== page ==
J. D. Salinger began his writing career with short stories, contributing mainly to The New Yorker Magazine. Two of his most famous short stories that appeared in that magazine were A Perfect Day for Banafish (1948), the story of a suicidal war veteran, and For Esme With Love and Squalor (1950).
But it was with the publication of A Catcher in the Rye (1951)that Salinger received major critical and popular attention. A Catcher in the Rye has been said to be reminiscent of Mark Twain’s Adventures of Huckleberry Finn in a setting of modern angst and rebellion. Holden Caulfield, our “hero,” is an adolescent boarding school student attempting to run away from what he considers a phony adult world. For many who read this book, it became the quintessential story of teenage confusion and unrest. From the very first sentence we know we are in a world of loneliness and brutal honesty.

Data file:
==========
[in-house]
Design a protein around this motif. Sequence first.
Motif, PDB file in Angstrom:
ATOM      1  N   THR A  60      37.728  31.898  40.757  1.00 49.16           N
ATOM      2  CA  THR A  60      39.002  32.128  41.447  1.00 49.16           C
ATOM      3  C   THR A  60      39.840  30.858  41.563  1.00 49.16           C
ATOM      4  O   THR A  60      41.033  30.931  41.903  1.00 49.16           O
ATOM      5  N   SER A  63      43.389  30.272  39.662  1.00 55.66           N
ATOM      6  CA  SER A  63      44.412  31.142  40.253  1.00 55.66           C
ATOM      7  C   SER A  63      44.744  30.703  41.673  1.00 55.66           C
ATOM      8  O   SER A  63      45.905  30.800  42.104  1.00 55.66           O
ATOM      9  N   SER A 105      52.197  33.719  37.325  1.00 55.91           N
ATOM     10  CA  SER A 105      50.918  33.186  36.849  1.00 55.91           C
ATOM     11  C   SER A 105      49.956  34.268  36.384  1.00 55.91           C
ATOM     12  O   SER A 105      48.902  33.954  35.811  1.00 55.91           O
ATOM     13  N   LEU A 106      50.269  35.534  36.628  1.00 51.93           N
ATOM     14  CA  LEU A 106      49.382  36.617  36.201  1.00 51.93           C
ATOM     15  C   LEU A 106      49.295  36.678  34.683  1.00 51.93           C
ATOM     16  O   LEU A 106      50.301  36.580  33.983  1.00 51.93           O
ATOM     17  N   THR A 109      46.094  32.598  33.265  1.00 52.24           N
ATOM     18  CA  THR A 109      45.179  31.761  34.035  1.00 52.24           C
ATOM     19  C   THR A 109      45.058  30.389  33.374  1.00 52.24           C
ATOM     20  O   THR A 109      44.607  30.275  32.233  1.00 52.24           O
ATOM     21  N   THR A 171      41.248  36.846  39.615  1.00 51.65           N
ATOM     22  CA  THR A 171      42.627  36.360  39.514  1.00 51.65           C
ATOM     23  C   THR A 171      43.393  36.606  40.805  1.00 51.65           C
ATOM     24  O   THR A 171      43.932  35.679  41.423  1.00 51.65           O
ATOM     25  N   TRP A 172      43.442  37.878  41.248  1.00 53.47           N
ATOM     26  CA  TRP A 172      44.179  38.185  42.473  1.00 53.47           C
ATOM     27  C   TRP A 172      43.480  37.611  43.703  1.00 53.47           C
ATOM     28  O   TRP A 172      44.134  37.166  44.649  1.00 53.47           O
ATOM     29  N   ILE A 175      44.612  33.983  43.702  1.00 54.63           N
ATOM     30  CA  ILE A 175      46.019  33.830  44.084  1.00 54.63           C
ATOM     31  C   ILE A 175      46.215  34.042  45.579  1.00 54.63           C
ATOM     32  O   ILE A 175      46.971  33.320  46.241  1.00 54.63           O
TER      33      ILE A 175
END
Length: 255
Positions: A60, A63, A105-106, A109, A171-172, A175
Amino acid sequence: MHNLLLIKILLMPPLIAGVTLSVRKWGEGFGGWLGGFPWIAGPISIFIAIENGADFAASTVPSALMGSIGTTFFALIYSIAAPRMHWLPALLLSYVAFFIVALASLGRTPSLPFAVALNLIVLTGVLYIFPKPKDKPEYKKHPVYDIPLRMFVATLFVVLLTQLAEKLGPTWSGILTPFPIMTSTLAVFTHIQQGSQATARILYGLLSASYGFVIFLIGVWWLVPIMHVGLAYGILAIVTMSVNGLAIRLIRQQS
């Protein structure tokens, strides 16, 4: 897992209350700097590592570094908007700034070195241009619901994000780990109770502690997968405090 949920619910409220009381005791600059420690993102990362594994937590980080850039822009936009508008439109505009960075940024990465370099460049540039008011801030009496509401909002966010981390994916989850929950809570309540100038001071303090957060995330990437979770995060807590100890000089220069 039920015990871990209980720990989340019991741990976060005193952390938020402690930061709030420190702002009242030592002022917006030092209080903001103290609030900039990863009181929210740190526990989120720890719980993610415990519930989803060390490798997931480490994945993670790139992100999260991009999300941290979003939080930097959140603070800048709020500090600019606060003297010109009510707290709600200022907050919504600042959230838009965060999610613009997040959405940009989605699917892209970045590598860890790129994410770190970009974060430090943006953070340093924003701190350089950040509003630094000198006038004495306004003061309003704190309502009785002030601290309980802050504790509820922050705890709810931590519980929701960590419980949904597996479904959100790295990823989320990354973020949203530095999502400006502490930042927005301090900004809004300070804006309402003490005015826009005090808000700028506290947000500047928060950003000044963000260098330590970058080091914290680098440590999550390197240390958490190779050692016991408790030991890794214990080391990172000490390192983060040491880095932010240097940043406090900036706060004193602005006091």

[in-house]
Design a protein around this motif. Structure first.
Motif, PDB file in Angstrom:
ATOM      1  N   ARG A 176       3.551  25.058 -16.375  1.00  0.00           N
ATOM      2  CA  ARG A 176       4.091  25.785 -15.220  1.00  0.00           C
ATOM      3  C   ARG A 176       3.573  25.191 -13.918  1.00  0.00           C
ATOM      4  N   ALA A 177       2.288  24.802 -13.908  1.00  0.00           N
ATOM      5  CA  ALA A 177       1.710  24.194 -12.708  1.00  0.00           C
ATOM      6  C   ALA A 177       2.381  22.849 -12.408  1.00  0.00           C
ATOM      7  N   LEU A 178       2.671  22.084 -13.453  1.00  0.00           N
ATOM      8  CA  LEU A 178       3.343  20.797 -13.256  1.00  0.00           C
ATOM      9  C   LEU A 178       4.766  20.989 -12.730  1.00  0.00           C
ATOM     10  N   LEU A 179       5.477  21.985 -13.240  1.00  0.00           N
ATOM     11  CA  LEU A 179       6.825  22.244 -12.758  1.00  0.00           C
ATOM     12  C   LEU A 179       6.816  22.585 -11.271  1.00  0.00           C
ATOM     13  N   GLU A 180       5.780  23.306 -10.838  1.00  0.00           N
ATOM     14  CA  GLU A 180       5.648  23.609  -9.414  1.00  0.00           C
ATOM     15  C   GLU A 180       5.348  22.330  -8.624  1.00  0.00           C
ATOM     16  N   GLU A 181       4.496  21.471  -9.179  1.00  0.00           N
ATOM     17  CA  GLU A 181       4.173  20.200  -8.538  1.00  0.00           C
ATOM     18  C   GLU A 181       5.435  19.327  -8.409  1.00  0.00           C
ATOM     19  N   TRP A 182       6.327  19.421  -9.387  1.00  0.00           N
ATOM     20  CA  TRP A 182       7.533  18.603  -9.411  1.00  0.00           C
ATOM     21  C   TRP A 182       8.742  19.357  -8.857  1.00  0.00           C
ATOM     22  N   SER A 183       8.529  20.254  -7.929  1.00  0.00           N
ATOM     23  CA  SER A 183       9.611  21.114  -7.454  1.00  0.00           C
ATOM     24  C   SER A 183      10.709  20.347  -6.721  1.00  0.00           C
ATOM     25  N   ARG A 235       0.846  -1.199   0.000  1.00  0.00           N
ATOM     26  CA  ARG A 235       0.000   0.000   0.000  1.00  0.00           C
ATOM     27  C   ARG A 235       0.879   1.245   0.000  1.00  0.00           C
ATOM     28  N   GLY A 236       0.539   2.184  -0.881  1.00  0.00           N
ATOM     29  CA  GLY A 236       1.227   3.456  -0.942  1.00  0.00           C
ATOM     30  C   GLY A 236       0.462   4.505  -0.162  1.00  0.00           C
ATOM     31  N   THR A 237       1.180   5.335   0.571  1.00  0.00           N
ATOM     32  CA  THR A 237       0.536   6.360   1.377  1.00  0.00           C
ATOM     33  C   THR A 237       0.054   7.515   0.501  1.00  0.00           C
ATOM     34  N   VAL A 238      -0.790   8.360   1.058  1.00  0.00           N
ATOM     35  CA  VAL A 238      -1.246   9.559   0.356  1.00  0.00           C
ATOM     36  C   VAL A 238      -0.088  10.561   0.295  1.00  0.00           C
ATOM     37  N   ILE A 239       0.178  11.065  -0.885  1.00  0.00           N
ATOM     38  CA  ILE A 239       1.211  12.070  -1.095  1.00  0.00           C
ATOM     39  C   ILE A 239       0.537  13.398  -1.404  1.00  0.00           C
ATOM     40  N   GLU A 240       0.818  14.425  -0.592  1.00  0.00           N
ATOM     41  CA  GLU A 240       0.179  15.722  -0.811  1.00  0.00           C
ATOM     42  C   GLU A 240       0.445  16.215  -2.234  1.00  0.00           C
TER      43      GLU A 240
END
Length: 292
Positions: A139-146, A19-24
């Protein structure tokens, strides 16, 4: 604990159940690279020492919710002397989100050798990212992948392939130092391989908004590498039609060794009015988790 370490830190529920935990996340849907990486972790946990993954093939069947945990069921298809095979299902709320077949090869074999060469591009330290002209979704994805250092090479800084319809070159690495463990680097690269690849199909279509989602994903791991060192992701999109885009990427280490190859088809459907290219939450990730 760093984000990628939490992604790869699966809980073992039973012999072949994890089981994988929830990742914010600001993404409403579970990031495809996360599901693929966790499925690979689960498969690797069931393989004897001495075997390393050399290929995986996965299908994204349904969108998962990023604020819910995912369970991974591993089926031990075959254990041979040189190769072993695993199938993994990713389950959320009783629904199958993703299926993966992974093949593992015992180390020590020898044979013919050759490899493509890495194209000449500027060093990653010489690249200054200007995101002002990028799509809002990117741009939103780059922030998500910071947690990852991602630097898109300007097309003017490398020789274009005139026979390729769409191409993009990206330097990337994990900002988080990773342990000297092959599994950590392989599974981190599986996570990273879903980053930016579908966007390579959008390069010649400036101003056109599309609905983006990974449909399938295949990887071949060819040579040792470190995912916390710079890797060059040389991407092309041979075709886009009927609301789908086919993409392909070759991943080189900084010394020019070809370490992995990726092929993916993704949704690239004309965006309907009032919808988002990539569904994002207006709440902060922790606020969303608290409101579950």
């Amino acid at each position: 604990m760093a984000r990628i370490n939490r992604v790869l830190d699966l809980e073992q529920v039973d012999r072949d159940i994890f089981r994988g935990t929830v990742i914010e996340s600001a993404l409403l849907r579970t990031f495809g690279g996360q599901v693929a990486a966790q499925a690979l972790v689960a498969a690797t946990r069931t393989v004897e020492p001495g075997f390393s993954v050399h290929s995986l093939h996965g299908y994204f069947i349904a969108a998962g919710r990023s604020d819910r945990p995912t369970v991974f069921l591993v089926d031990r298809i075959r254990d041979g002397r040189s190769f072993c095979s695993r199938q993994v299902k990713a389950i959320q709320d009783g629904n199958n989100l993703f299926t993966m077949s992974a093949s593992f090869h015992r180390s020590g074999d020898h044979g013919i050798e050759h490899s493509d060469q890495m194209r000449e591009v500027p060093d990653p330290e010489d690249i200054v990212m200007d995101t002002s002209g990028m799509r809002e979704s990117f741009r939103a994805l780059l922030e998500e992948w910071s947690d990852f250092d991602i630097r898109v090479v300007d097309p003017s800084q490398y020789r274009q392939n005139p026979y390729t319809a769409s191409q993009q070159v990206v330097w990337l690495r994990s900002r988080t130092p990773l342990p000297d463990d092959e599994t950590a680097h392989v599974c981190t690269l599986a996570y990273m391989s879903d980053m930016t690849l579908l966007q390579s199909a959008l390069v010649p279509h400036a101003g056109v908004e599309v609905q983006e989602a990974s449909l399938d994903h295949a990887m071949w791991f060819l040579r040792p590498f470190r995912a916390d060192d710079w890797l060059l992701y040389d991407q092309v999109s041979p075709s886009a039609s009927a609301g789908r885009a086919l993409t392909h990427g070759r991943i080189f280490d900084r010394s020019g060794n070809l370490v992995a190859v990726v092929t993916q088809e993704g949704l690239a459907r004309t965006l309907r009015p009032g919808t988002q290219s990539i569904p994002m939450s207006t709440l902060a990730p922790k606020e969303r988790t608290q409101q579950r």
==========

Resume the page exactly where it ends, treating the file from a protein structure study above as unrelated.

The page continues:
“If you really want to hear about it, the first thing you’ll probably want to know is where I was born, and what my lousy childhood was like, and how my parents were occupied and all before they had me, and all that David Copperfield kind of crap, but I don’t feel like going into it, if you want to know the truth.”
Franny and Zooey, two longer short stories about the Glass Family, was published in 1955.
After a relatively small literary output, Salinger retired to New Hampshire where he lived in virtual seclusion, never being photographed or interviewed for over 50 years. Salinger died of natural causes, at the age of 91. Meg